February 2nd, 2004

The Premiere OnLine Magazine for the Fly Fishing Enthusiast.
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Stoddard's Blues

By John Strucker

Last week I stopped by Stoddard's on a bitter 5° morning. The familiar gold and black hanging sign was squeaking loudly in the wind. Stoddard's is America's oldest continuously operated fishing tackle store. Since 1800, the year Jefferson was elected President, Stoddard's has occupied the same location on Temple Place, a narrow, block-long, 18th century street across from the Boston Common. And now, after 204 years, Stoddard's on Temple Place is closing its doors.

I was glad to see that Phil Klug, charter captain, master angler, expert fly tier, and part-time blues musician was still there, helping to sell off the stock. Although they're looking for another downtown location, their new store, like their stores in the suburban malls, will sell only fancy cutlery, binoculars, and amateur telescopes - but no fishing tackle.

The once jammed fishing shelves in the back room were nearly empty. Looking to find things to buy for old time's sake, I grabbed some midge hooks, a coil of mylar piping, some goo-goo eyes, and a pack of rubber legs. For souvenirs, I selected two ball caps embroidered with a "striper rampant" and the legend, "Stoddard's of Boston - Since 1800."

Phil and I wondered what the store had been like in its glory days. During the Gilded Age, Stoddard's reportedly sold some of Hiram Leonard's first greenheart rods and later his historic split cane creations. And, from the 1920s to the 1950s Stoddard's sold its own line of private-label Montagues and Sewell Duntons. Boston Brahmins, upwardly-mobile Irish pols, and ribbon clerks alike were forced to rub shoulders in its cramped back room if they wanted to purchase elegant salmon flies, gut leaders, King Eider silk lines, and hobnailed wading brogues. Well into the1980s, Stoddard's was the only fly fishing store in the downtown area, a place where you might run into the chain-smoking Jack Gartside, the original cab-driving Trout Bum, and designer of elegant flies.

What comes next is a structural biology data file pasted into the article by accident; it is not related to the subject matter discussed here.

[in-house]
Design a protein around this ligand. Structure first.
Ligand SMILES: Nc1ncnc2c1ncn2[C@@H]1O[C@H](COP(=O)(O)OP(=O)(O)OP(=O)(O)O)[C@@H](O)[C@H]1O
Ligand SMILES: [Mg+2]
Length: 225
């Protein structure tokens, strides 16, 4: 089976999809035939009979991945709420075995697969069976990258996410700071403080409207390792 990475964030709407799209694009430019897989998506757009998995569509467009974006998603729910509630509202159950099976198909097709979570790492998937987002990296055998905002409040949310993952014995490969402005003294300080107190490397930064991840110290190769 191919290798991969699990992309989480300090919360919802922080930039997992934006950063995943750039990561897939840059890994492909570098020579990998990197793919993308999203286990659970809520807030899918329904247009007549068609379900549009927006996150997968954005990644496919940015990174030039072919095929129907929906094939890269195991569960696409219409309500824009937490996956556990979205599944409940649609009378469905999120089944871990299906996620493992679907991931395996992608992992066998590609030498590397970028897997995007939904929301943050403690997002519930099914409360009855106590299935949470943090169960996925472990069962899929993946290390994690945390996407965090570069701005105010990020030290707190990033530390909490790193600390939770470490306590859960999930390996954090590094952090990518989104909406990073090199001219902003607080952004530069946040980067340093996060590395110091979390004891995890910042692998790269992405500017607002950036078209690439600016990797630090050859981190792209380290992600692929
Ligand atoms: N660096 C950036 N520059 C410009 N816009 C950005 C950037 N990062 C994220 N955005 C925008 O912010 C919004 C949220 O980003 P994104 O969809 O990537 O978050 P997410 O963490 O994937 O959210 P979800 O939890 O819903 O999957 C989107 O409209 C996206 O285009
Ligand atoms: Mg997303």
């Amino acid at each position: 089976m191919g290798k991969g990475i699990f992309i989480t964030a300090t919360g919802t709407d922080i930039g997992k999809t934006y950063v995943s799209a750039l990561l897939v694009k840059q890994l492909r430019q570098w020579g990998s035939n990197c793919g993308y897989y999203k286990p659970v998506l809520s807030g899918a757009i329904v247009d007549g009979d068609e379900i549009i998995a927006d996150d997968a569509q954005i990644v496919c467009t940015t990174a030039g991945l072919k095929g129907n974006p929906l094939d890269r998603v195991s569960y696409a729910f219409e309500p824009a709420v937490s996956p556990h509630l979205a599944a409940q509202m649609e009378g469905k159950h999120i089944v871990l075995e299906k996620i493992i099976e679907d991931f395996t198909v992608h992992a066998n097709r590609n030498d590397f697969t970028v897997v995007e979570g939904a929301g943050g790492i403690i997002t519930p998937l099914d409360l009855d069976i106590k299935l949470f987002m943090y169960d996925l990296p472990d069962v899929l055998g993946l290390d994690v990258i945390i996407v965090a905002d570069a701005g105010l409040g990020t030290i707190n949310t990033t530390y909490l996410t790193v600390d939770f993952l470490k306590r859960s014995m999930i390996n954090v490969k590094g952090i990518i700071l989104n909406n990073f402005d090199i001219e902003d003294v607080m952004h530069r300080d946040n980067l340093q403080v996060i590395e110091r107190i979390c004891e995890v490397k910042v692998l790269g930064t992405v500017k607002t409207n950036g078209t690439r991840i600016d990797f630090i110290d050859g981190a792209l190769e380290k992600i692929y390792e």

A few years back, I asked to use the toilet and was directed to the steep wooden stairs leading down to the basement. It was like descending in time - a dirt floor and cobwebbed beams and an old platformed water closet with a pull-chain flush. Back in the gloom, you could just make out the shapes of dusty roll-top desks and wooden file cabinets that looked like they once belonged to Bartleby the Scrivener.

I always got sound advice from the legendary professorial Ed Hawley, who retired a few years back, and Phil on places to fish, tackle, and techniques: like how to hook trout on midges by drawing the rod sideways and tightening gently, or how to tie a Gartside soft-hackle streamer or a full-dress Lefty's Deceiver. When I was getting started in saltwater fly fishing, Phil sold me an inexpensive outfit and told me where to find my first schoolie stripers on the sandbar at Plum Island.

Often in those years, when my three daughters were little, I had to squeeze my five-dollar bills pretty tight. But Ed and Phil treated me with as much respect and possibly more affection than the downtown high-rollers. Like Harry and Elsie Darbee in Livingston Manor, NY, and "Uncle" Teddy Snyder's in my hometown of Trenton, NJ, - Ed and Phil weren't just selling tackle - they were sharing their love of the sport and its ethos of brotherhood and equality.

Before I left, Phil and I exchanged emails. Maybe we'll hook up if I can afford to charter his boat for some Boston Haba' stripers and blues. I sure hope we'll be able to stay in touch. And, maybe by doing so, I'll also stay in touch with the young father who used to drop into Stoddard's to show off his three little girls who'd tagged along to buy their ballet shoes across the street.

As I turned to leave, Phil snuck another ball cap into my bag. In addition to being among the last of the old-time fishing stores, Stoddard's might also be last store in Boston not equipped with surveillance cams. ~ John Strucker

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